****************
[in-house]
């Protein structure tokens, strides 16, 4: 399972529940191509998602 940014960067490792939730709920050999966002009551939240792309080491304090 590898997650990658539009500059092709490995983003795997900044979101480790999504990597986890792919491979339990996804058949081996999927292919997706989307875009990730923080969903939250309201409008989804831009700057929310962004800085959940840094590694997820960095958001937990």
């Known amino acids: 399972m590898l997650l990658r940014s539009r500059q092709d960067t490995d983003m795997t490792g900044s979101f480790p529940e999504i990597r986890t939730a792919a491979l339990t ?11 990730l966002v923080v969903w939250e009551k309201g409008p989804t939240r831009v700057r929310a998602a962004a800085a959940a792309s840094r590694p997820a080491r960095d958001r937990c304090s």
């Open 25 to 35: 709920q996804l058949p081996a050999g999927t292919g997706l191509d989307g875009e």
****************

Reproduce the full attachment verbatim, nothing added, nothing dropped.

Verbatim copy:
[in-house]
């Protein structure tokens, strides 16, 4: 399972529940191509998602 940014960067490792939730709920050999966002009551939240792309080491304090 590898997650990658539009500059092709490995983003795997900044979101480790999504990597986890792919491979339990996804058949081996999927292919997706989307875009990730923080969903939250309201409008989804831009700057929310962004800085959940840094590694997820960095958001937990």
């Known amino acids: 399972m590898l997650l990658r940014s539009r500059q092709d960067t490995d983003m795997t490792g900044s979101f480790p529940e999504i990597r986890t939730a792919a491979l339990t ?11 990730l966002v923080v969903w939250e009551k309201g409008p989804t939240r831009v700057r929310a998602a962004a800085a959940a792309s840094r590694p997820a080491r960095d958001r937990c304090s």
């Open 25 to 35: 709920q996804l058949p081996a050999g999927t292919g997706l191509d989307g875009e």